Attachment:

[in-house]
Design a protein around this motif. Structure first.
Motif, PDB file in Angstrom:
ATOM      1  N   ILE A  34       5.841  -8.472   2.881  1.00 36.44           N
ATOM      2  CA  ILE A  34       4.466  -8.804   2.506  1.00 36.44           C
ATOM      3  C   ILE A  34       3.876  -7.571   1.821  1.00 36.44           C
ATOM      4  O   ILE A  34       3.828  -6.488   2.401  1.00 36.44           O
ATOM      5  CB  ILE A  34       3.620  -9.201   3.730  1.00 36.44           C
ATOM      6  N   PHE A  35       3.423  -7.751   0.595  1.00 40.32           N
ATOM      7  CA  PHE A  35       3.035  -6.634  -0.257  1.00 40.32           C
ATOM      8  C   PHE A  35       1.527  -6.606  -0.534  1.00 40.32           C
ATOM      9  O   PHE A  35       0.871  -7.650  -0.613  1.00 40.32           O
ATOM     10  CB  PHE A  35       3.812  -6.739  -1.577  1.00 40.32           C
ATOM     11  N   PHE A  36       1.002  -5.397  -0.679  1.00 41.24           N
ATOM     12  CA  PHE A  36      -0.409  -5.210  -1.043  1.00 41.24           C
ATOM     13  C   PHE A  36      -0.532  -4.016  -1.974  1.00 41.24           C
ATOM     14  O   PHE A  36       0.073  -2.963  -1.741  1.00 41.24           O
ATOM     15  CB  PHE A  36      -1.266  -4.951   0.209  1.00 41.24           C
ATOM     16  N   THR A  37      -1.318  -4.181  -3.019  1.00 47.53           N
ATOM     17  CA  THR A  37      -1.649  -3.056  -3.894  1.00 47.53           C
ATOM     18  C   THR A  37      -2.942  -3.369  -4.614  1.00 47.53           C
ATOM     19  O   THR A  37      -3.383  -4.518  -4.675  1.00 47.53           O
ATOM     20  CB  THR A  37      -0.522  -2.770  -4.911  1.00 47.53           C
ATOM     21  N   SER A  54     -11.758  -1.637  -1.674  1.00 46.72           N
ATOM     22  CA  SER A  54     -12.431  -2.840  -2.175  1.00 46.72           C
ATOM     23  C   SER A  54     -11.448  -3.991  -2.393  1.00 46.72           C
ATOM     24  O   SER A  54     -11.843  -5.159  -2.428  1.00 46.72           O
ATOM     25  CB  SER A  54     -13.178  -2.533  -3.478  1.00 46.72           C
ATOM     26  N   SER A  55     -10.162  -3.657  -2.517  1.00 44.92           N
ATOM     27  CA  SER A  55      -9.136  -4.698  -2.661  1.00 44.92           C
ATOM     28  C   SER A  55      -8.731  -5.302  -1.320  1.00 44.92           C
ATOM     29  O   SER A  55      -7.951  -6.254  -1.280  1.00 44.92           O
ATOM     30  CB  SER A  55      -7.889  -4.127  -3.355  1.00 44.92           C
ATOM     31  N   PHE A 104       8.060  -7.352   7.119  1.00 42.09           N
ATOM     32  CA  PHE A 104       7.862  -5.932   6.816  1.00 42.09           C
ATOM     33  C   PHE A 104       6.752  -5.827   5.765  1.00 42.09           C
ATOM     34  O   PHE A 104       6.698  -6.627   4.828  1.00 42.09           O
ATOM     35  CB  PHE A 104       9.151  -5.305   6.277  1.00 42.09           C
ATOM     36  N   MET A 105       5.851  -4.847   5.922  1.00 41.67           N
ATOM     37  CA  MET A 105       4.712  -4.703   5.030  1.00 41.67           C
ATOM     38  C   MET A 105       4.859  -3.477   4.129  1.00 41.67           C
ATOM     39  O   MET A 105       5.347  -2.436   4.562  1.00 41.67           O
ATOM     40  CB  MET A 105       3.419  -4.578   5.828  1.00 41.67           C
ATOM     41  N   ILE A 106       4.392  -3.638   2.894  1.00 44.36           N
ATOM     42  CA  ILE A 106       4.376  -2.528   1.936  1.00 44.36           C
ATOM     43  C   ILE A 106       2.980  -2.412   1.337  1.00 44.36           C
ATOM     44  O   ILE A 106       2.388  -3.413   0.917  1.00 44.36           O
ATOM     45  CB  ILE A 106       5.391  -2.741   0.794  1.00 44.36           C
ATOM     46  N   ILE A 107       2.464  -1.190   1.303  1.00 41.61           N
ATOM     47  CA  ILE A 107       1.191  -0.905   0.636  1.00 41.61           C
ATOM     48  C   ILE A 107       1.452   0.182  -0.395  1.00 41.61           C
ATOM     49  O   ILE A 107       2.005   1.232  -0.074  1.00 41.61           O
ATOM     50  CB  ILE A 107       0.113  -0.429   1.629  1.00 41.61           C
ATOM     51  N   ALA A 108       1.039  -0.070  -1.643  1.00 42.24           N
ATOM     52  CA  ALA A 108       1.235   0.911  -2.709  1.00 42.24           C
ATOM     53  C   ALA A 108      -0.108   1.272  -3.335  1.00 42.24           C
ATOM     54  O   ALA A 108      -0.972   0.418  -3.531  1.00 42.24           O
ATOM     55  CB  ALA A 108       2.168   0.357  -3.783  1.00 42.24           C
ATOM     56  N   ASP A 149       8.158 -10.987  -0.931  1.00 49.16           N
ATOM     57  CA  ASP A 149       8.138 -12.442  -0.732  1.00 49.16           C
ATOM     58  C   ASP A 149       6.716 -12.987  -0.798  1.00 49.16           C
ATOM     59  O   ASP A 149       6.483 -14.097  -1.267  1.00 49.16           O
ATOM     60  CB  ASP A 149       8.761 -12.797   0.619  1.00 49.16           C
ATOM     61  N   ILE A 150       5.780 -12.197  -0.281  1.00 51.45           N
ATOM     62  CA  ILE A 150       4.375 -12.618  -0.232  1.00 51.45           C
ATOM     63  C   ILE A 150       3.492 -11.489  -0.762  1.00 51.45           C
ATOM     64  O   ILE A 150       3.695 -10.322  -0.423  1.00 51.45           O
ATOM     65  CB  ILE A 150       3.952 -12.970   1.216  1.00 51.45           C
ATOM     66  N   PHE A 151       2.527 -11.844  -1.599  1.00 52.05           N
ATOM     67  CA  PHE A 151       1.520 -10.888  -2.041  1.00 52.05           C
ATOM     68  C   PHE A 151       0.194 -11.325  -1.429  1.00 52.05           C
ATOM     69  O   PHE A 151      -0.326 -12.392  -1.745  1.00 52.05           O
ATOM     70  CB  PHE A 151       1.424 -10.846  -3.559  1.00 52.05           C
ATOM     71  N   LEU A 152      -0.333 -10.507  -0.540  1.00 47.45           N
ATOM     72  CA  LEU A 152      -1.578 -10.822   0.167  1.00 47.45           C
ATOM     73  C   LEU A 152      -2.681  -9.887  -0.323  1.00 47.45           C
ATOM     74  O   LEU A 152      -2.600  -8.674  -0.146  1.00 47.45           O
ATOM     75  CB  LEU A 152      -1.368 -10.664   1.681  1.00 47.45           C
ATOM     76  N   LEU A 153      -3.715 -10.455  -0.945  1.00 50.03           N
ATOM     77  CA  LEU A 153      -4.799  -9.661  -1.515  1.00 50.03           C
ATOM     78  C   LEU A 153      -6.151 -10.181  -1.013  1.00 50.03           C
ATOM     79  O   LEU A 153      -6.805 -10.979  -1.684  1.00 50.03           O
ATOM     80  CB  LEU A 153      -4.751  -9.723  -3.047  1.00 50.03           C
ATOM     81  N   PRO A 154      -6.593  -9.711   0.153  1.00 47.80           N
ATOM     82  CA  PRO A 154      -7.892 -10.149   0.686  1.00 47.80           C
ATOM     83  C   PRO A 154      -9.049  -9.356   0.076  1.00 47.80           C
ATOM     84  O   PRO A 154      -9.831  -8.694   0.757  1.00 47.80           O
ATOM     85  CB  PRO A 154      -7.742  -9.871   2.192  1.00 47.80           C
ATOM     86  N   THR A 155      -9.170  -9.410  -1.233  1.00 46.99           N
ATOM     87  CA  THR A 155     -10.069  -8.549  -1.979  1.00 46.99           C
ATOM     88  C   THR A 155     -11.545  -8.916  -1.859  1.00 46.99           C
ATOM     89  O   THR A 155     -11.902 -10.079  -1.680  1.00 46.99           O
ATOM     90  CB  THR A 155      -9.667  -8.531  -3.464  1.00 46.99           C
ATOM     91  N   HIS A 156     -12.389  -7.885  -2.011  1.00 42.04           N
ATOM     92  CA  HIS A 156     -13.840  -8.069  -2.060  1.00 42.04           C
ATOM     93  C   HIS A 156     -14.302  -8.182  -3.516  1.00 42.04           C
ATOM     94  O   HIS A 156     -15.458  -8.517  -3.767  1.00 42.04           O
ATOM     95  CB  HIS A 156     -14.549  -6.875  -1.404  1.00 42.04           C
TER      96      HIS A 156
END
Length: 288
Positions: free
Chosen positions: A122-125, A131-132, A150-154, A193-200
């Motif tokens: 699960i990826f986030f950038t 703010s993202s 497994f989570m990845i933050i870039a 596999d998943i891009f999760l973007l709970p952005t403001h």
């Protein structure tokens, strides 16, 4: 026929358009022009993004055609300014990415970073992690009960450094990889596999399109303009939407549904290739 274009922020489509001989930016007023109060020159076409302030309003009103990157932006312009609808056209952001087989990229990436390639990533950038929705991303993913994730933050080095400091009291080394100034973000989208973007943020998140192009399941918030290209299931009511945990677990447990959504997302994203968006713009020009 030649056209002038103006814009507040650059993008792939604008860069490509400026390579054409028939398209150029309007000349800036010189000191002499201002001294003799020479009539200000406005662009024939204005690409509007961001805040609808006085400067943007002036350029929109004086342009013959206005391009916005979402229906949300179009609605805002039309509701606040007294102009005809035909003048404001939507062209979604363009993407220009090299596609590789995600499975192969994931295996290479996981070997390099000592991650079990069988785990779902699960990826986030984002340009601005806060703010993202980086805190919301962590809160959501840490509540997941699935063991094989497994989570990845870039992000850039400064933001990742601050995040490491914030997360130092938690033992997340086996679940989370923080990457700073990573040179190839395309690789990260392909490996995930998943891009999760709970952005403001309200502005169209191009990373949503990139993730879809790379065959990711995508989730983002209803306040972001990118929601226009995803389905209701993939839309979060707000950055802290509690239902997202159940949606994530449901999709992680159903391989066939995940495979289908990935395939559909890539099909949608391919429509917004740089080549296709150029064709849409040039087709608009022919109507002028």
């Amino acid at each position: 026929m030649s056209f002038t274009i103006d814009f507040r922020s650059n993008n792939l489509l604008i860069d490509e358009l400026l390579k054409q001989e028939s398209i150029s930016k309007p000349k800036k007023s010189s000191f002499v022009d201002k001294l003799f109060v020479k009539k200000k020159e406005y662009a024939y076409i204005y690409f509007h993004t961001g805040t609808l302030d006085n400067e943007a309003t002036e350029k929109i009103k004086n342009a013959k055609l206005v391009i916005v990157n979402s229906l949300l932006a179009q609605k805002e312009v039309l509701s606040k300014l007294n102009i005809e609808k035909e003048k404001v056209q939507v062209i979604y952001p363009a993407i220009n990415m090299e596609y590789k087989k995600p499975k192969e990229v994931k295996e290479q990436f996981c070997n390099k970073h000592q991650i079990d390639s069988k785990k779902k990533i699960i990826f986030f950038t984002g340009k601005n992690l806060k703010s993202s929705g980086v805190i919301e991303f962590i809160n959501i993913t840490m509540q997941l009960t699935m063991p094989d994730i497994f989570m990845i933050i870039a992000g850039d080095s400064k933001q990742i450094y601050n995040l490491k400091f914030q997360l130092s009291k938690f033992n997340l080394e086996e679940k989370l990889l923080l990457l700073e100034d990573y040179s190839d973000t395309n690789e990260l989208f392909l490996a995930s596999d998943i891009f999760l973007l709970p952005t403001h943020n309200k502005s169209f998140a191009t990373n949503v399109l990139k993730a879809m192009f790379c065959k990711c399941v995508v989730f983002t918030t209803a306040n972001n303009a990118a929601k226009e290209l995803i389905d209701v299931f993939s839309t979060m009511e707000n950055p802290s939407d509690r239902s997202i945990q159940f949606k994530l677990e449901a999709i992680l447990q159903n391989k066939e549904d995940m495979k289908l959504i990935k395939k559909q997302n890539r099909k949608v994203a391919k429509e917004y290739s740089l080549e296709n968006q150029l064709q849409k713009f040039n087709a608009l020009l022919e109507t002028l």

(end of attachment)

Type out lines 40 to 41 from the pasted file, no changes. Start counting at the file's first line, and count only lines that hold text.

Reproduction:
ATOM     37  CA  MET A 105       4.712  -4.703   5.030  1.00 41.67           C
ATOM     38  C   MET A 105       4.859  -3.477   4.129  1.00 41.67           C